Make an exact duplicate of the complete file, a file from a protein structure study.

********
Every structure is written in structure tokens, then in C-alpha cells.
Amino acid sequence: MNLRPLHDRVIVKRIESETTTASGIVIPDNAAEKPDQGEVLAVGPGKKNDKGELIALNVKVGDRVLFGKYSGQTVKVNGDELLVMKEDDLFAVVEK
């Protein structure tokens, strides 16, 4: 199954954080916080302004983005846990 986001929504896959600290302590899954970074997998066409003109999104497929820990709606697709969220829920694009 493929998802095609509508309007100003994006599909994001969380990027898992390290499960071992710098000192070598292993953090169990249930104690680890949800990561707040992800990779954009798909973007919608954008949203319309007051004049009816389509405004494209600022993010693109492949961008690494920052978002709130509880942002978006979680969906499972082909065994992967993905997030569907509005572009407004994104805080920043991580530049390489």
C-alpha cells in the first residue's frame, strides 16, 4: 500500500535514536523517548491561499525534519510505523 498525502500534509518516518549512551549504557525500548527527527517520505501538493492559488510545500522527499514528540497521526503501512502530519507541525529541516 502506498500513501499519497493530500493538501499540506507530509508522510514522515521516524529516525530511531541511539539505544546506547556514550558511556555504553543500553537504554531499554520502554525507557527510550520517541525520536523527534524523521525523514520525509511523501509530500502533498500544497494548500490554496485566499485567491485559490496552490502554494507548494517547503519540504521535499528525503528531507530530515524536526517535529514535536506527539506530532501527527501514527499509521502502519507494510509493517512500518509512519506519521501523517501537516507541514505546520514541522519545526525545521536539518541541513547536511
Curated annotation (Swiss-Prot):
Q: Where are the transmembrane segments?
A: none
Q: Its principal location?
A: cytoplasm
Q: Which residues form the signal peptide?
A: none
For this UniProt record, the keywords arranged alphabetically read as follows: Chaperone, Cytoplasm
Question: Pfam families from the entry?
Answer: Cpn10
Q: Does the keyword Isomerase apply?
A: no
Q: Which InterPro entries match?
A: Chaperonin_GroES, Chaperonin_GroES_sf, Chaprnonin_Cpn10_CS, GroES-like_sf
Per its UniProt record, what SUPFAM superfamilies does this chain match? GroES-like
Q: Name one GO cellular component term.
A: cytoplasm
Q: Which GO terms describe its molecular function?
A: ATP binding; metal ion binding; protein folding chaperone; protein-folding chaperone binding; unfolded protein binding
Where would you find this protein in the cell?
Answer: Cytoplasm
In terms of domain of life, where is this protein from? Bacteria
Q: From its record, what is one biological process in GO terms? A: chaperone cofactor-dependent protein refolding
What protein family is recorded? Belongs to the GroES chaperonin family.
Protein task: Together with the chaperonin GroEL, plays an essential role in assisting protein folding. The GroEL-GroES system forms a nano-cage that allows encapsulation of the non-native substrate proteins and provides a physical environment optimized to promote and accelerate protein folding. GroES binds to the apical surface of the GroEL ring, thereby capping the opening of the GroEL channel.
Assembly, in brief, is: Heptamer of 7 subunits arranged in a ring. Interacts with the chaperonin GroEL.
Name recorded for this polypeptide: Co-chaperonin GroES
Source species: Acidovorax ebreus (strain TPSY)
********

Every structure is written in structure tokens, then in C-alpha cells.
Amino acid sequence: MNLRPLHDRVIVKRIESETTTASGIVIPDNAAEKPDQGEVLAVGPGKKNDKGELIALNVKVGDRVLFGKYSGQTVKVNGDELLVMKEDDLFAVVEK
């Protein structure tokens, strides 16, 4: 199954954080916080302004983005846990 986001929504896959600290302590899954970074997998066409003109999104497929820990709606697709969220829920694009 493929998802095609509508309007100003994006599909994001969380990027898992390290499960071992710098000192070598292993953090169990249930104690680890949800990561707040992800990779954009798909973007919608954008949203319309007051004049009816389509405004494209600022993010693109492949961008690494920052978002709130509880942002978006979680969906499972082909065994992967993905997030569907509005572009407004994104805080920043991580530049390489």
C-alpha cells in the first residue's frame, strides 16, 4: 500500500535514536523517548491561499525534519510505523 498525502500534509518516518549512551549504557525500548527527527517520505501538493492559488510545500522527499514528540497521526503501512502530519507541525529541516 502506498500513501499519497493530500493538501499540506507530509508522510514522515521516524529516525530511531541511539539505544546506547556514550558511556555504553543500553537504554531499554520502554525507557527510550520517541525520536523527534524523521525523514520525509511523501509530500502533498500544497494548500490554496485566499485567491485559490496552490502554494507548494517547503519540504521535499528525503528531507530530515524536526517535529514535536506527539506530532501527527501514527499509521502502519507494510509493517512500518509512519506519521501523517501537516507541514505546520514541522519545526525545521536539518541541513547536511
Curated annotation (Swiss-Prot):
Q: Where are the transmembrane segments?
A: none
Q: Its principal location?
A: cytoplasm
Q: Which residues form the signal peptide?
A: none
For this UniProt record, the keywords arranged alphabetically read as follows: Chaperone, Cytoplasm
Question: Pfam families from the entry?
Answer: Cpn10
Q: Does the keyword Isomerase apply?
A: no
Q: Which InterPro entries match?
A: Chaperonin_GroES, Chaperonin_GroES_sf, Chaprnonin_Cpn10_CS, GroES-like_sf
Per its UniProt record, what SUPFAM superfamilies does this chain match? GroES-like
Q: Name one GO cellular component term.
A: cytoplasm
Q: Which GO terms describe its molecular function?
A: ATP binding; metal ion binding; protein folding chaperone; protein-folding chaperone binding; unfolded protein binding
Where would you find this protein in the cell?
Answer: Cytoplasm
In terms of domain of life, where is this protein from? Bacteria
Q: From its record, what is one biological process in GO terms? A: chaperone cofactor-dependent protein refolding
What protein family is recorded? Belongs to the GroES chaperonin family.
Protein task: Together with the chaperonin GroEL, plays an essential role in assisting protein folding. The GroEL-GroES system forms a nano-cage that allows encapsulation of the non-native substrate proteins and provides a physical environment optimized to promote and accelerate protein folding. GroES binds to the apical surface of the GroEL ring, thereby capping the opening of the GroEL channel.
Assembly, in brief, is: Heptamer of 7 subunits arranged in a ring. Interacts with the chaperonin GroEL.
Name recorded for this polypeptide: Co-chaperonin GroES
Source species: Acidovorax ebreus (strain TPSY)